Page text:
Conor: Well, the first time we see Tom Riddle when Dumbledore sees him as a young kid at the orphanage, he’s already exceptionally arrogant, so I don’t know if splitting his soul really changed him at all. I think he was how he was to begin with.
Eric: It is interesting to figure out what attributes Voldemort has that are tangibly because of his splitting of the soul. Horace calls it unnatural in the Horcruxes chapter. It’s like, “It’s not a natural thing to do, to split your… to actually encase your… it tears the soul apart. It’s against nature.” Actually, just that phrase “against nature”… to be able to see on this person… Dumbledore says in a later chapter that the part of Voldemort’s soul that’s in his body… that he still retains his brain, his smarts, and all of his magical prowess. The fact that his soul is diminished does not affect his ability to think with all of his wits and does not affect his strength as a wizard in terms of casting spells. So what does it affect, honestly? What the hell else is there? Oh, geez, I swore. What the heck else is there?
Michael: [laughs] Yeah, that’s tame.
Kat: Hell is fine, Eric.
Eric: Isn’t that what matters the most, though, to a wizard? What exactly is the downside of splitting your soul? I’m not seeing it. What are those…?
Michael: And that’s why I ask the question: Because I think this is the downside. Because like you said, Conor, there are some things that seem to be predetermined about Voldemort. And I think that’s a discussion that perhaps will go on about the books forever because there’s also, of course, the issue that Voldemort was birthed under a love potion and a lot of people have said, yeah, that that predetermined a lot of things about him.
Eric: Under duress.
Michael: And even Rowling has suggested that to a degree. But she’s also just as much suggested, textually in the book, that yeah, Voldemort had a choice and he also, by the end – and I guess what ties into this question is that essentially, Rowling has explained and the book does pretty much explain this – that if Voldemort had felt any small iota of remorse for anything he did in Deathly Hallows when he talked to Harry at the end, that he would have felt something, but he would’ve died on the spot because he wasn’t equipped to feel anything. But he would’ve still had that ability because he still at least had a little bit of soul left in him. But it would’ve killed him. And so that’s why I wonder just if by splitting his soul Voldemort almost put himself in this… he permanently is that Tom Riddle from Hogwarts. He never grew beyond that. Like you said, Eric, he grew in smarts because as Dumbledore says in a previous chapter, his brain isn’t affected. But I just assumed that this… I was wondering if this doesn’t stunt his emotional growth.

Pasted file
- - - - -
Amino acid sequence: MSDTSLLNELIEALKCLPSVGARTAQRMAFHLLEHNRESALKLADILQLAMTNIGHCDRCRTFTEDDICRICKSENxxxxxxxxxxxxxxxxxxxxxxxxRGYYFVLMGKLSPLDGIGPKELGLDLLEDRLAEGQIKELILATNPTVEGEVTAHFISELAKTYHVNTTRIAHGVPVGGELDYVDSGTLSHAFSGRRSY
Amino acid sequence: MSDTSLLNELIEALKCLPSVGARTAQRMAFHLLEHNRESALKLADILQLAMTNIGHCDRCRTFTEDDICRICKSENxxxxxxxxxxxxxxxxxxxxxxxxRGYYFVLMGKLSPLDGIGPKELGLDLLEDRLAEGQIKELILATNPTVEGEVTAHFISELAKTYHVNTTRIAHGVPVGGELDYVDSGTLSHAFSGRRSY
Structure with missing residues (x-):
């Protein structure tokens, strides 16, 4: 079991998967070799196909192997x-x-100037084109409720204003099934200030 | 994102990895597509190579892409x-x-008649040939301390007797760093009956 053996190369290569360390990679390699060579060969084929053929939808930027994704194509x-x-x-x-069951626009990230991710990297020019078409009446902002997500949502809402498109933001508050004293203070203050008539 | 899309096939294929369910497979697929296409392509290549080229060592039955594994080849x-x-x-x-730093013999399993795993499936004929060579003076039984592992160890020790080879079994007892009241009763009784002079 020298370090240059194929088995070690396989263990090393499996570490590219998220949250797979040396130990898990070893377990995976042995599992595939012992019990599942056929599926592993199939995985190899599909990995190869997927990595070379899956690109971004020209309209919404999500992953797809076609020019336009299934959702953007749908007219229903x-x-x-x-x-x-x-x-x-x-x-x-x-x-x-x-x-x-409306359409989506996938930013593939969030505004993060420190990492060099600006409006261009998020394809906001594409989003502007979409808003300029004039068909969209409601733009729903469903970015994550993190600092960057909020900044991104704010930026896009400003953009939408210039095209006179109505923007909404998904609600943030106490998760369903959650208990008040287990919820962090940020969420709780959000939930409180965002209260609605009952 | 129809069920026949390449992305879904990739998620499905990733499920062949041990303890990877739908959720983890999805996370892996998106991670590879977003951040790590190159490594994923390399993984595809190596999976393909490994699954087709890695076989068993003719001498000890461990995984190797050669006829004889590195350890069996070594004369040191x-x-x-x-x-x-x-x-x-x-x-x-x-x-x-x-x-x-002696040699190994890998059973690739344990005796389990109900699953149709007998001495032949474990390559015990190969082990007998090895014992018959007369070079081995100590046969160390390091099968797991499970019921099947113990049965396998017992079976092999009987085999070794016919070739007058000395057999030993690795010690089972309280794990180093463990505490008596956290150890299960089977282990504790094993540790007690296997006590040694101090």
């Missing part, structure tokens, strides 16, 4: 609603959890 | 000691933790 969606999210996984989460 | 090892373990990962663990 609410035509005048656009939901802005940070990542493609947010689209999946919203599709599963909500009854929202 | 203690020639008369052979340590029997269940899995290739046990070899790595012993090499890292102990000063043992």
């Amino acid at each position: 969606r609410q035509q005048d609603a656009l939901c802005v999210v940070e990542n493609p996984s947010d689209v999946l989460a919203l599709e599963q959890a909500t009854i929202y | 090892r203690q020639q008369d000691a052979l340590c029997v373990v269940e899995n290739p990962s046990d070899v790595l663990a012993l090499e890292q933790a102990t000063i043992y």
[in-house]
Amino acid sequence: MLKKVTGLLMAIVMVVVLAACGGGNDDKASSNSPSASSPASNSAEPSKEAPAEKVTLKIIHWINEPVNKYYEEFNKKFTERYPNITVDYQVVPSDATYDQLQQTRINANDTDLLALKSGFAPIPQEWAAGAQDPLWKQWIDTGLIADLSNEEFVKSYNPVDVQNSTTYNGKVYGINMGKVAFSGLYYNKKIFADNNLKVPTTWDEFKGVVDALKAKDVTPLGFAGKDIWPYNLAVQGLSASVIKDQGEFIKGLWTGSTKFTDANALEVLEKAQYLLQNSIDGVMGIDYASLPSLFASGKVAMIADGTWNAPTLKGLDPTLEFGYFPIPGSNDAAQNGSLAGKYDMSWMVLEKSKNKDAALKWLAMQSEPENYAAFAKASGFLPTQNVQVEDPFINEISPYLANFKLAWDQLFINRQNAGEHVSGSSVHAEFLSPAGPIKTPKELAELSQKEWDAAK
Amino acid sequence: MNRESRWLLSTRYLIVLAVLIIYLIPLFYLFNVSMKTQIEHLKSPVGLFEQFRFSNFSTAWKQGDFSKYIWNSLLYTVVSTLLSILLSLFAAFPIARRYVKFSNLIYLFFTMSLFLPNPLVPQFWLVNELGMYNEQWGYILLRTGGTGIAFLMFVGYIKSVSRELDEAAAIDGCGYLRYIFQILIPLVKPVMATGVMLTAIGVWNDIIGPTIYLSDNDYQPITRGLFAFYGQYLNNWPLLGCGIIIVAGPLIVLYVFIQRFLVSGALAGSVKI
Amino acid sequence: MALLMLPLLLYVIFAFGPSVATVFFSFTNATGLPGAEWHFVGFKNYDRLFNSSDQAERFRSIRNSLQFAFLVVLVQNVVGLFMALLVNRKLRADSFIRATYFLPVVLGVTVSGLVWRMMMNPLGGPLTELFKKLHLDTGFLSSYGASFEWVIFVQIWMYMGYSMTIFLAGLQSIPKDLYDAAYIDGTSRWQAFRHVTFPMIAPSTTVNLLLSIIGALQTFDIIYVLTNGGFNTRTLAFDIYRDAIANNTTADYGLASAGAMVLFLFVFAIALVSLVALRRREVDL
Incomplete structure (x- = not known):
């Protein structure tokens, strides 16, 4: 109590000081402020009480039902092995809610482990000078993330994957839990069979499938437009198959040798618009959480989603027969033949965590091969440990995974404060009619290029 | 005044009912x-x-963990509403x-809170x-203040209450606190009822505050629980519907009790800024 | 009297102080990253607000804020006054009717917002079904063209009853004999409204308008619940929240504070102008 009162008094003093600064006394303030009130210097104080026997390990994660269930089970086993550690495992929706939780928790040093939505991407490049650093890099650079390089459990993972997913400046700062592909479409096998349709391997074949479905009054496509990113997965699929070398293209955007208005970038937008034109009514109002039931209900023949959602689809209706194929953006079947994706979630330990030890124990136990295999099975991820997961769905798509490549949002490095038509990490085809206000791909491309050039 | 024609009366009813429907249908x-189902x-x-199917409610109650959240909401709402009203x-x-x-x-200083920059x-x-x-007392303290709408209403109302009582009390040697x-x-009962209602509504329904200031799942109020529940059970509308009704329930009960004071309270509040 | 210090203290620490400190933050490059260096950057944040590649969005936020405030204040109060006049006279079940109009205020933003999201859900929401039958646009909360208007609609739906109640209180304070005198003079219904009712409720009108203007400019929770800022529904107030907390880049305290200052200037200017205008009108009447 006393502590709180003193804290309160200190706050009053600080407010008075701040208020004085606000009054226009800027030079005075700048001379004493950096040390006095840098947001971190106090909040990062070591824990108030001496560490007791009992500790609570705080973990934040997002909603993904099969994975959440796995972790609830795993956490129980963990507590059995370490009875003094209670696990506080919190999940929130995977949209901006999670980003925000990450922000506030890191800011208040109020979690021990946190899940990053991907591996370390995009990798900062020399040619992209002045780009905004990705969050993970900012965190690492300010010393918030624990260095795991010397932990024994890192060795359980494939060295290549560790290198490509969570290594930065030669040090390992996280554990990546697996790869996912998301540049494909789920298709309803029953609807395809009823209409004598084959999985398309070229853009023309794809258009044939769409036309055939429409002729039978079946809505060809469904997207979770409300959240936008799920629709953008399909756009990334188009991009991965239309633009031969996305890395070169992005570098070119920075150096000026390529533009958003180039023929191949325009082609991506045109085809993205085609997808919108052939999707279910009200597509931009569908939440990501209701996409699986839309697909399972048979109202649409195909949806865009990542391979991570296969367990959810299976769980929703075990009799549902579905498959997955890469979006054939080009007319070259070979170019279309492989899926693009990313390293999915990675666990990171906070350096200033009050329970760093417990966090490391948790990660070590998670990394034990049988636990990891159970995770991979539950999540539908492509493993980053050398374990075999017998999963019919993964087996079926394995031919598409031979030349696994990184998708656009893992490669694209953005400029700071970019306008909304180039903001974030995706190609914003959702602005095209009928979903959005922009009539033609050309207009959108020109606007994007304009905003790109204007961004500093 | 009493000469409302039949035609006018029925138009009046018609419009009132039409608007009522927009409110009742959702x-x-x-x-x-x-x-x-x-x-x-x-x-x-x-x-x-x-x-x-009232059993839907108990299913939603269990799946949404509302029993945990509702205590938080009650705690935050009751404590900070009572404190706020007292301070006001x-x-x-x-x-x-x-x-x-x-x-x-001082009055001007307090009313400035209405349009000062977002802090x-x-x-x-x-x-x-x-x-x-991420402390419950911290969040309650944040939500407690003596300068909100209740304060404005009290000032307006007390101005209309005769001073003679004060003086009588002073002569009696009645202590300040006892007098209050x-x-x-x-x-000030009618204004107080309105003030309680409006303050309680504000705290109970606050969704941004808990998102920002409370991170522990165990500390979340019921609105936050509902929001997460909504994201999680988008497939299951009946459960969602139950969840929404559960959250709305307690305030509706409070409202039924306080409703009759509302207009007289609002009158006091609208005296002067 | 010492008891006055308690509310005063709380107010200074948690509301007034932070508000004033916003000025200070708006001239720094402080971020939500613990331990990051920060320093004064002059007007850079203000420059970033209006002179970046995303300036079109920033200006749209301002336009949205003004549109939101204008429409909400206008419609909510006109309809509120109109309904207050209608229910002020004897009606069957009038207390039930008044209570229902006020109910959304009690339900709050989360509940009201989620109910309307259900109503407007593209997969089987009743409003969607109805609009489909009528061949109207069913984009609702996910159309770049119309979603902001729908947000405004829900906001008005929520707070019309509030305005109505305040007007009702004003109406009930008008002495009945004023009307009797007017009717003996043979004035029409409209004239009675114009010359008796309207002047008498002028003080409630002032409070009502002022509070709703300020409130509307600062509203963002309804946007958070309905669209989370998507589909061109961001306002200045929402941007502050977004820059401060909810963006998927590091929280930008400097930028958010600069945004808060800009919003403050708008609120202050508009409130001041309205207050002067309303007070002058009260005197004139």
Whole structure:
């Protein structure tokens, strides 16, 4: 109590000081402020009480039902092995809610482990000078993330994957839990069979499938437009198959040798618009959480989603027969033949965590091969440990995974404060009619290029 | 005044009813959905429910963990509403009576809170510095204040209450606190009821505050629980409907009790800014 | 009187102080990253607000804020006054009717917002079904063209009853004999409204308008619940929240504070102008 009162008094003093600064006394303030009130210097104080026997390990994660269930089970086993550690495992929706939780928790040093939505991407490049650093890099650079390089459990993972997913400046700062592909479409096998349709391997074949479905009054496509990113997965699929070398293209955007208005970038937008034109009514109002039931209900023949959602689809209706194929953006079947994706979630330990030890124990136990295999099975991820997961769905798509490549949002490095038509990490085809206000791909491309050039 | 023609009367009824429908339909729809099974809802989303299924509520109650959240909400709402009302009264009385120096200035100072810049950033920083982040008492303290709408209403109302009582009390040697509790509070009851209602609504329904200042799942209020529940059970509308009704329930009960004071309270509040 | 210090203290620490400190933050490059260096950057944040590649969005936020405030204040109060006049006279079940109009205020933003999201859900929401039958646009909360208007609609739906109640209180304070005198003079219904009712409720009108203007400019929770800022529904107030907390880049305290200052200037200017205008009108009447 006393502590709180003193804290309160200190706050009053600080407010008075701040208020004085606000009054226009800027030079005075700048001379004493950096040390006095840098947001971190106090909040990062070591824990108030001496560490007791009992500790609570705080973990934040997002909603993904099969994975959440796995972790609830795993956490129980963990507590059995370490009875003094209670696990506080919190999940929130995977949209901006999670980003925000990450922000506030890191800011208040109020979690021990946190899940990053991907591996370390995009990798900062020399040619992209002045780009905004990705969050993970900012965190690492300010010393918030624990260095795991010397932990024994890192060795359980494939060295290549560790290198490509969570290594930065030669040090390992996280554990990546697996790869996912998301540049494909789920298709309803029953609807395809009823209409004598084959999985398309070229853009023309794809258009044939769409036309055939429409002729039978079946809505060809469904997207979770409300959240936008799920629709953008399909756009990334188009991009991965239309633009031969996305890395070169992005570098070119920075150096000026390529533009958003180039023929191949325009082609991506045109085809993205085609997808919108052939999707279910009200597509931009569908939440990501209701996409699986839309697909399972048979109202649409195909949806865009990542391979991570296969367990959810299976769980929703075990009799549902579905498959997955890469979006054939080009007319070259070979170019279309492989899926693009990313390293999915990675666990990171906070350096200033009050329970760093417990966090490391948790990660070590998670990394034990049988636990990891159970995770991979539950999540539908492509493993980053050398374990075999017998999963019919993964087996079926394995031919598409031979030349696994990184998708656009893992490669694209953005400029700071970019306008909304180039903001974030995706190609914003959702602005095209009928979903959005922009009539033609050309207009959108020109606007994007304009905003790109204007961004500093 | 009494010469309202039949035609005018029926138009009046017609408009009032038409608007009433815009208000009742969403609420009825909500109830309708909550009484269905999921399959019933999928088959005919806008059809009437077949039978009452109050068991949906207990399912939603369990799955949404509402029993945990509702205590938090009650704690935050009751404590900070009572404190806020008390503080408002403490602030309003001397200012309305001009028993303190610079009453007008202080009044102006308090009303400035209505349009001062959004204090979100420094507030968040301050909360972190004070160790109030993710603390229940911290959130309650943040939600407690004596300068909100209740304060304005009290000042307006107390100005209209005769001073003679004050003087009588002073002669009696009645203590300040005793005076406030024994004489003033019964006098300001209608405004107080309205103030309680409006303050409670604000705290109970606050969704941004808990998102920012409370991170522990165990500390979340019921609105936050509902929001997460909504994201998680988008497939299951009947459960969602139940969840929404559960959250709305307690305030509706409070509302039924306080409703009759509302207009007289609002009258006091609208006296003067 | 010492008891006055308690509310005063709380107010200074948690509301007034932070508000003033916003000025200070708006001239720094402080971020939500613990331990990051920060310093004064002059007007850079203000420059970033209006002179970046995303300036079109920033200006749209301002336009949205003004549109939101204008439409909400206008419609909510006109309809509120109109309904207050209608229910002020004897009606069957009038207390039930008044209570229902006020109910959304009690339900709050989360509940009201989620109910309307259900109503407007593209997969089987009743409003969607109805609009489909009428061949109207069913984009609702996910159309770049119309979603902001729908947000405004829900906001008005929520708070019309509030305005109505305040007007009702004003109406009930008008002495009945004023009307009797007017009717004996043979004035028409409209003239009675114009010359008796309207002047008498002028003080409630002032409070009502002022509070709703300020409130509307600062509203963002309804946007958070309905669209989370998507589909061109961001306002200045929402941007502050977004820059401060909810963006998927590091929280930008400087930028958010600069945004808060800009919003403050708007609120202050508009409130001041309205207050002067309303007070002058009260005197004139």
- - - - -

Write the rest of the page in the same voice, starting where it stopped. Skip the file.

Conor: I think what splitting your soul takes away from you is just your ability to be compassionate and love, which I think the books prove are pretty important aspects of life you’re throwing away.
Eric: Well, I think, too, with Harry, it is said in Dumbledore’s office that when Voldemort possesses Harry, he does it with great…
Eric: What? Yeah, great risk to himself because it’s this diminished soul versus a full soul. And I guess in the terms of possession it matters the most because one soul is trying to take over the other. But that’s really the biggest thing I can see about why Voldemort having not a full soul in his body, all in one piece, actually matters. Does it make him more dangerous?
Michael: Mhm. Oh, yeah. I think absolutely it makes him more… I think Dumbledore knows it makes him more dangerous. And I think in a way, again, I’m suggesting that perhaps it makes him more dangerous because he has the mindset of a selfish teenager.
Eric: Yeah, I was going to say, is it more dangerous for any other reason than that he is impossible to kill at that state? That he becomes harder and harder to kill for good if he splits his soul so many times. Is there another side effect?
Michael: But the conversation has gone on, I think, quite a bit on this. There’s so much more to talk about. I will end by saying that I think Rowling’s writing is completely taking a new interesting tone here that does set the stage for Deathly Hallows. I did want to at least say that there’s a brand of suspense in this chapter that I think is new for the Harry Potter series. She does suspense well, but there’s something different about this one.
Conor: It reminded me a Voldemort returning in Goblet of Fire. I think that’s similar.